If you’re on the blood thinner warfarin, you’ve almost certainly been warned to steer clear of foods rich in vitamin K.
It’s probably THE most common advice given to folks taking these drugs.
In fact, you likely get to hear the “stay away from K” recommendation again every single time you go in have your levels checked.
But now new research finds this popular advice could land you in hot water. Or even worse, it could turn out to be downright dangerous.
The trouble is it’s based on an oversimplification. And that mistake could have devastating consequences for your health.
Following it may even end up making it MORE DIFFICULT to control your anticoagulation levels.
The warfarin mistake nearly everyone makes
They tell you to cut way back on greens. Or, better yet, avoid them altogether.
Can you imagine hearing that when you were just eight years old? Spinach and Brussels sprouts off the menu for good? Best day of your life, hands down.
But of course these days your far fonder of your greens. Plus, you know those veggies provide you with a BUNCH of necessary nutrients including that vitamin K.
And that’s where the warfarin advice comes in.
Since K and warfarin don’t play nice together, docs often urge patients to avoid foods that are rich in the vitamin… especially green vegetables.
They’re so strict about it that it’s easy to start feeling downright paranoid. Before long, you may find yourself convinced that eating one little side salad could kill you.
Well, get ready to chow down on collards and munch on mustard greens again. Because the new study finds that while you do need to keep an eye on your green vegetables when you are on warfarin, there’s no reason to fear them.
It turns out that, like with most things in life, it’s all about balance and consistency.
In fact, people who get consistent and sensible levels of K-rich foods such as greens have BETTER outcomes than those who don’t.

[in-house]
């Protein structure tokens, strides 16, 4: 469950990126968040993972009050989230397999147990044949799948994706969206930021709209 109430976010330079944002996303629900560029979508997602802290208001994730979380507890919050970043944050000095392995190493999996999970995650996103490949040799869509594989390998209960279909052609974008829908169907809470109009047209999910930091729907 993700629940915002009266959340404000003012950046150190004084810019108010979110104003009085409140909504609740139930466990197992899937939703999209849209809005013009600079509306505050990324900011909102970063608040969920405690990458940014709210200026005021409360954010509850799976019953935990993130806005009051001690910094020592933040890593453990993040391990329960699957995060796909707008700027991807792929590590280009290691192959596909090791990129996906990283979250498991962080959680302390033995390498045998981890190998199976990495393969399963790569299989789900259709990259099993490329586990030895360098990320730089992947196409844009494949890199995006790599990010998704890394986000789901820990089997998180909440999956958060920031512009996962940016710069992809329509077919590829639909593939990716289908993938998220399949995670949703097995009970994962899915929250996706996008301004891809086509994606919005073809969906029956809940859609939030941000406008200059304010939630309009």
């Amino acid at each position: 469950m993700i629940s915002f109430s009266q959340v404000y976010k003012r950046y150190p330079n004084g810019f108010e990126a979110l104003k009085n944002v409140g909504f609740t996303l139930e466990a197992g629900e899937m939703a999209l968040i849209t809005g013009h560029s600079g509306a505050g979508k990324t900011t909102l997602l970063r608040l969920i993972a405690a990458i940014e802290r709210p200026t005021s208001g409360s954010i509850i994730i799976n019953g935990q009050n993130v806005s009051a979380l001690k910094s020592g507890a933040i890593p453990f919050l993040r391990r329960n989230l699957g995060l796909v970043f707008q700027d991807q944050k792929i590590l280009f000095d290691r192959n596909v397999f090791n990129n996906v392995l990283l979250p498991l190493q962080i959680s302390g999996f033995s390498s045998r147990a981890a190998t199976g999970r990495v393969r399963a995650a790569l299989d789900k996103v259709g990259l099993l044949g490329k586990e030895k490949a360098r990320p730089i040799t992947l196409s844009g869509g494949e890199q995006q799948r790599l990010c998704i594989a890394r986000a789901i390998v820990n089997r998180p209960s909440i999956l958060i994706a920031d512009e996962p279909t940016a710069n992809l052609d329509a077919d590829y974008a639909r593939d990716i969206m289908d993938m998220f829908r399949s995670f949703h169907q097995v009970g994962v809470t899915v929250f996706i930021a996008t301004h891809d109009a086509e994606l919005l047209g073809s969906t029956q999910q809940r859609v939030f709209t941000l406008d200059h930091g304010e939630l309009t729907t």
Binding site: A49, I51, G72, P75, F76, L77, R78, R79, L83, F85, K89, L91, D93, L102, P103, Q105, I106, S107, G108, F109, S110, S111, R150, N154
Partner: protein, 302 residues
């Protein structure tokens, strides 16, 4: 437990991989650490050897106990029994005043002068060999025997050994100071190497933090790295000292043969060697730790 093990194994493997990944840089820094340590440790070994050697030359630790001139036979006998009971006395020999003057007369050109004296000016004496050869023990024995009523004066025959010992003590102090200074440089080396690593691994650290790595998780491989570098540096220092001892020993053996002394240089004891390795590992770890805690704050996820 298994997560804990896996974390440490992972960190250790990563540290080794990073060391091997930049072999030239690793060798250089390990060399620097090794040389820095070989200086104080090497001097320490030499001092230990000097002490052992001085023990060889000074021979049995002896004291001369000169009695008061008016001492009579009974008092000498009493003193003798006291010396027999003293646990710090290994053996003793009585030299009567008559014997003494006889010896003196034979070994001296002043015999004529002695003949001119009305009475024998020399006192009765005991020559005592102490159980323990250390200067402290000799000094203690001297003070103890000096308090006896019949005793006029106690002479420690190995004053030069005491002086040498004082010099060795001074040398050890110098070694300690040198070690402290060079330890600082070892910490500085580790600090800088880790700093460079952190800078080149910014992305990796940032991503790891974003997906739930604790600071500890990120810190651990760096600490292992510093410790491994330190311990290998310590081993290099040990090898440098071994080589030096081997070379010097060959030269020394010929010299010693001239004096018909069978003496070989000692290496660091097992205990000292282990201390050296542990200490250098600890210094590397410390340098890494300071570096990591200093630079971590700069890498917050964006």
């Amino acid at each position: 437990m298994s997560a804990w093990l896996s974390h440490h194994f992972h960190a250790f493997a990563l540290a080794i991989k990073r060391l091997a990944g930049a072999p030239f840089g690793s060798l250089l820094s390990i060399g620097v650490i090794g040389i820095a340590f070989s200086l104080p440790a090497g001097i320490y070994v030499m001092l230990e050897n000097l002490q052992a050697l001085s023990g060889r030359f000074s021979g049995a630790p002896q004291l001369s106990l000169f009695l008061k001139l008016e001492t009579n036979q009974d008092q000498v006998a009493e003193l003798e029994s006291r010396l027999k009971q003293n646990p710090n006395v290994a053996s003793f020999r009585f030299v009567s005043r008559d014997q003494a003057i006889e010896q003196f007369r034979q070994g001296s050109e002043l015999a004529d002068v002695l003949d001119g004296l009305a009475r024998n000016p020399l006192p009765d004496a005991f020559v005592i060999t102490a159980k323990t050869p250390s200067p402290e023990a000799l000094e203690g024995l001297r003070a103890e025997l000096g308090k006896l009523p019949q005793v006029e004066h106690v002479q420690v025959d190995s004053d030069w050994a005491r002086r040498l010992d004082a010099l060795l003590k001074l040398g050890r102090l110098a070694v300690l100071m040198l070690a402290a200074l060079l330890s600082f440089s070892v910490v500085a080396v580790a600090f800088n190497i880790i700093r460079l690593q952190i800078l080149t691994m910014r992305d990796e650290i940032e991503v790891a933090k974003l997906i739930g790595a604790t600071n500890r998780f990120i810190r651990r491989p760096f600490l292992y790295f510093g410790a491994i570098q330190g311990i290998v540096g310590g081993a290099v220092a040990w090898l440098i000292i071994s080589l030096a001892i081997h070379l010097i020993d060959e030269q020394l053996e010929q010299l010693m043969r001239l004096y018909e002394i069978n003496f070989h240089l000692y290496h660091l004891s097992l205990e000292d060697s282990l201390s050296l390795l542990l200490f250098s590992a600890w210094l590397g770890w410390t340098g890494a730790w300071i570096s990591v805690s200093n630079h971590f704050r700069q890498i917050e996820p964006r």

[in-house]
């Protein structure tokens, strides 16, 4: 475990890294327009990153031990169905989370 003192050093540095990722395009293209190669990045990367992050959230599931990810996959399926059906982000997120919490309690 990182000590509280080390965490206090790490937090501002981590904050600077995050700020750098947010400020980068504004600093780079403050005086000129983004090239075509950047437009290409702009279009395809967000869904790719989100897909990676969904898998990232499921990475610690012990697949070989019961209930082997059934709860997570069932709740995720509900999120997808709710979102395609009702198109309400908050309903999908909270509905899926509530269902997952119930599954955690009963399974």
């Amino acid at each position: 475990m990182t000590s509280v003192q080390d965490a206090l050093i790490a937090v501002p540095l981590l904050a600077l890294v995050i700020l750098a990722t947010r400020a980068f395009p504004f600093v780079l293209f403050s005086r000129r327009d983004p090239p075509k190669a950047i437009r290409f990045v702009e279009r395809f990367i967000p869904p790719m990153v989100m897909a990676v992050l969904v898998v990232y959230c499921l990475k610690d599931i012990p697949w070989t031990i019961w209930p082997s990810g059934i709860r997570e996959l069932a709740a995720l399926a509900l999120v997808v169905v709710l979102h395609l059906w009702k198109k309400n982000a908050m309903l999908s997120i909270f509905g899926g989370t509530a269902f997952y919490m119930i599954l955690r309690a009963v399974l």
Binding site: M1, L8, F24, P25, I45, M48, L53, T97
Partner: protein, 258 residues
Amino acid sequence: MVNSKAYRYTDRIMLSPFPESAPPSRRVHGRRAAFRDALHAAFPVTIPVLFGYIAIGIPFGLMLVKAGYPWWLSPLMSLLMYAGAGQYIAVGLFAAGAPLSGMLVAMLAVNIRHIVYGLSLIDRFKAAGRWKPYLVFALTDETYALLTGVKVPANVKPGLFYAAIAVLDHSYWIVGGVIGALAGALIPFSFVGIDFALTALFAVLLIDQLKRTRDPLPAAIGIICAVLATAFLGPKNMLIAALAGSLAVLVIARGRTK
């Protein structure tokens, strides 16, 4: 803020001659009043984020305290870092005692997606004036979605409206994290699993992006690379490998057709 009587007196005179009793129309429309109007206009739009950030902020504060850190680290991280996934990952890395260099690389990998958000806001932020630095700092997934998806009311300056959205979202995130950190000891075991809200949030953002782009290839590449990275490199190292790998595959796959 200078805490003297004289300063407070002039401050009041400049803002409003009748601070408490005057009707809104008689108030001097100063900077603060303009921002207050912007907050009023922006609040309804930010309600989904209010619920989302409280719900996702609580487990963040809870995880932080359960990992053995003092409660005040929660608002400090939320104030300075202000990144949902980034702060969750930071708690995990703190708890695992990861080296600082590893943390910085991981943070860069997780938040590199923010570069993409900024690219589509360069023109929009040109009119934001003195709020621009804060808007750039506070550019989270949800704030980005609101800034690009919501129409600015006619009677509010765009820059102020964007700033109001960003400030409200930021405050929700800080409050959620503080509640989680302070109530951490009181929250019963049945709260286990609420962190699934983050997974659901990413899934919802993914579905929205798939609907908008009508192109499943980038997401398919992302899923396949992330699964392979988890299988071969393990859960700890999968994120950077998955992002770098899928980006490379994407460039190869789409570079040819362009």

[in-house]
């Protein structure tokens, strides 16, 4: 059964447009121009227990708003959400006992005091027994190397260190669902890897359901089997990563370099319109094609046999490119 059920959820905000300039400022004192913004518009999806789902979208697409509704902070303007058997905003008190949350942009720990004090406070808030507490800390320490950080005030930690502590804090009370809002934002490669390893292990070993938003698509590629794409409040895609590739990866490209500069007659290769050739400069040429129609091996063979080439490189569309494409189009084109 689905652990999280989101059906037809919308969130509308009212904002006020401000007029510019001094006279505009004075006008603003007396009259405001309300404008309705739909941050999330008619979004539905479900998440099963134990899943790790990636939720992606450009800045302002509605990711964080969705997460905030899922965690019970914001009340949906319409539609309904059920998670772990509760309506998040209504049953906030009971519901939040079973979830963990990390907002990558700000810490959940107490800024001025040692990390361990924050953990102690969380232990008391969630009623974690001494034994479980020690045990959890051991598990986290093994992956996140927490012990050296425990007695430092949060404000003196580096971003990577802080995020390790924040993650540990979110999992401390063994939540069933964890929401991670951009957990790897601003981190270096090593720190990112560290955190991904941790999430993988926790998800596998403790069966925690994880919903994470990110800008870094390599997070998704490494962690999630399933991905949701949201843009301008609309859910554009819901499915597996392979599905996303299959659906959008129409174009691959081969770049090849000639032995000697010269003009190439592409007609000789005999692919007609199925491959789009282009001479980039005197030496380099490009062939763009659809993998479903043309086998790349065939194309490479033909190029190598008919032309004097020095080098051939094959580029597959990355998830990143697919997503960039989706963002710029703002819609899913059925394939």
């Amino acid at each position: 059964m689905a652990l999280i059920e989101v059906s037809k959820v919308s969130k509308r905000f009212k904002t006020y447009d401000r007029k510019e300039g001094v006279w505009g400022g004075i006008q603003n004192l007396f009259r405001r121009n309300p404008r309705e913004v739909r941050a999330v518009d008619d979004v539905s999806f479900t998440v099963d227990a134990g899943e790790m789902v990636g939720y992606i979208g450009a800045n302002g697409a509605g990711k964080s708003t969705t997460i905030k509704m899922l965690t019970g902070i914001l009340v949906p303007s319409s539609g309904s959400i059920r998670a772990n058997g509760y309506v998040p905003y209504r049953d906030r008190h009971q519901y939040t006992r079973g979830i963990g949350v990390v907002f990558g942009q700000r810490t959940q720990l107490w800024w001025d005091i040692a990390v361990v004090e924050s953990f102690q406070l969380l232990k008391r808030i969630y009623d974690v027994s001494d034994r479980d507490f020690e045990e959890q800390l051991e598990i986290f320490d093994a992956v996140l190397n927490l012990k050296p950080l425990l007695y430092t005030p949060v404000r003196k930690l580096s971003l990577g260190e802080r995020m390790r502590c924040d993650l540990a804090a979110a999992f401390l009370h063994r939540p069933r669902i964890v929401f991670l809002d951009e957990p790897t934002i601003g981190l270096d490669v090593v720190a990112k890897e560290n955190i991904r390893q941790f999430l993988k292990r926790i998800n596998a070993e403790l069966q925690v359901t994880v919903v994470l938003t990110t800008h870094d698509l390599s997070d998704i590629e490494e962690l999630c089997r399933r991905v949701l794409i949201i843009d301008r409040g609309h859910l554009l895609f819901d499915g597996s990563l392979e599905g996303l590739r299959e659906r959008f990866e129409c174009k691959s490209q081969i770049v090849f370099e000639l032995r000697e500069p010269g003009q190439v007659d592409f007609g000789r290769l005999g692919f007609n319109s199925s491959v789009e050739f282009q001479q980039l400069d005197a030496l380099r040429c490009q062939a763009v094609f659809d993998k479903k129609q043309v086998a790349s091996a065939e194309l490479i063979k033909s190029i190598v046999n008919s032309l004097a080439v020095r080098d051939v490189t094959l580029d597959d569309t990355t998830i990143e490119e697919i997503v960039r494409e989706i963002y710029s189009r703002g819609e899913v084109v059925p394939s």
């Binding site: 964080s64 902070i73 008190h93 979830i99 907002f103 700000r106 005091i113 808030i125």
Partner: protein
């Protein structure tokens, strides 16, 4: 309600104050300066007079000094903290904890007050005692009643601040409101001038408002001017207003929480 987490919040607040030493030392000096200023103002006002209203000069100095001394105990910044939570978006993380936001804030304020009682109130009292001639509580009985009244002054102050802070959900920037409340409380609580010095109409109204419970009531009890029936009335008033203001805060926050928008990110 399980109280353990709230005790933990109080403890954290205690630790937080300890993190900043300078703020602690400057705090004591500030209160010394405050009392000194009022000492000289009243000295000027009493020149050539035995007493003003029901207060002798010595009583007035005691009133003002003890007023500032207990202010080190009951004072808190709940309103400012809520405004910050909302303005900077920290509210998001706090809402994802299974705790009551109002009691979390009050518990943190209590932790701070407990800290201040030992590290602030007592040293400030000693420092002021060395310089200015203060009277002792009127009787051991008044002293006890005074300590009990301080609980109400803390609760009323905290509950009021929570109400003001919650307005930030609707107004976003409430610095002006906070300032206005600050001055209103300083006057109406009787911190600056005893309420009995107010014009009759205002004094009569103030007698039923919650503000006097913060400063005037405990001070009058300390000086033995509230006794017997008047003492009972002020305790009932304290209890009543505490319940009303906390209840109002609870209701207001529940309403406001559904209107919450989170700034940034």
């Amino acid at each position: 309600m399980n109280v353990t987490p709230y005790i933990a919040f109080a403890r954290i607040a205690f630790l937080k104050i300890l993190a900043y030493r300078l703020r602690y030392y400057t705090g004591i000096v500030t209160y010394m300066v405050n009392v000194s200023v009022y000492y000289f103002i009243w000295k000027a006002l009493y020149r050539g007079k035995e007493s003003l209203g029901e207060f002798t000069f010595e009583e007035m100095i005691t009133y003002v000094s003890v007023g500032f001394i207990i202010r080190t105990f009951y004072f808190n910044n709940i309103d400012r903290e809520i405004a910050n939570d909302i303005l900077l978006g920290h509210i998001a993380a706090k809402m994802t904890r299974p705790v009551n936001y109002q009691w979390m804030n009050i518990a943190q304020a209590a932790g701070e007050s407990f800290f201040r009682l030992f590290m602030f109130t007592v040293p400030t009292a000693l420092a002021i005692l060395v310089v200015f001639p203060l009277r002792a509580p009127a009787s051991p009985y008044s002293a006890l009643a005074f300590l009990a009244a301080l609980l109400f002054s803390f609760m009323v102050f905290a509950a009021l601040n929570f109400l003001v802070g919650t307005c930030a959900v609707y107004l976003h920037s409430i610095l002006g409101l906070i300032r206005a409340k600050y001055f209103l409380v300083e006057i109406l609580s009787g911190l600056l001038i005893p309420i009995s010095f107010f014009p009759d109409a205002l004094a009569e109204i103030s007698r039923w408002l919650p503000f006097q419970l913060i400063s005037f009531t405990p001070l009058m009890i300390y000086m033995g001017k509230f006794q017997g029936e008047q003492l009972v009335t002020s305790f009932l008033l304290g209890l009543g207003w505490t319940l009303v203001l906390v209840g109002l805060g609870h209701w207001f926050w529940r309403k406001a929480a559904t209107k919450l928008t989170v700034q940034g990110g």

Better INR blood levels WITH greens
In the new study, patients with a history of unstable anticoagulation levels were given one of two types of advice.
- generic nutritional counseling
- specific advice on getting consistent K levels through daily diet
You’ve probably noticed I’ve used the word consistent a couple of times. There’s a reason for that. It’s the key here. Eating no green veggies one week and then bags full the next is a set up for failure too.
After six months, the folks in the K group were more than twice as likely to achieve stable anticoagulation levels. Half of them reached that ideal, versus just 20 percent of the patients give generic diet advice.
Naturally, this DOESN’T mean you can eat boatloads of green vegetables or ignore your doctor’s advice. But if you’re on warfarin, it DOES mean you don’t have to fear K-rich greens anymore.
So go ahead and have a chat with your doc about what this study means for you. And ask about sensibly introducing more greens back into your diet.
Don’t forget that means keeping your levels pretty consistent. The new study aimed for 90 micrograms of vitamin K per day in women, and 120 micrograms per day for men.
When you make the switch, your doc may want to test your levels more often than usual at first to ensure your INR levels remain in balance as your K levels rise.
And while you’re there for that chat go ahead and ask your doc if you need the warfarin at all. Some people don’t, based on the latest research and guidelines, and you could be one of them.
Or you may be eligible to make the switch to natural blood-thinning therapies such as nattokinase or turmeric, depending on your situation.
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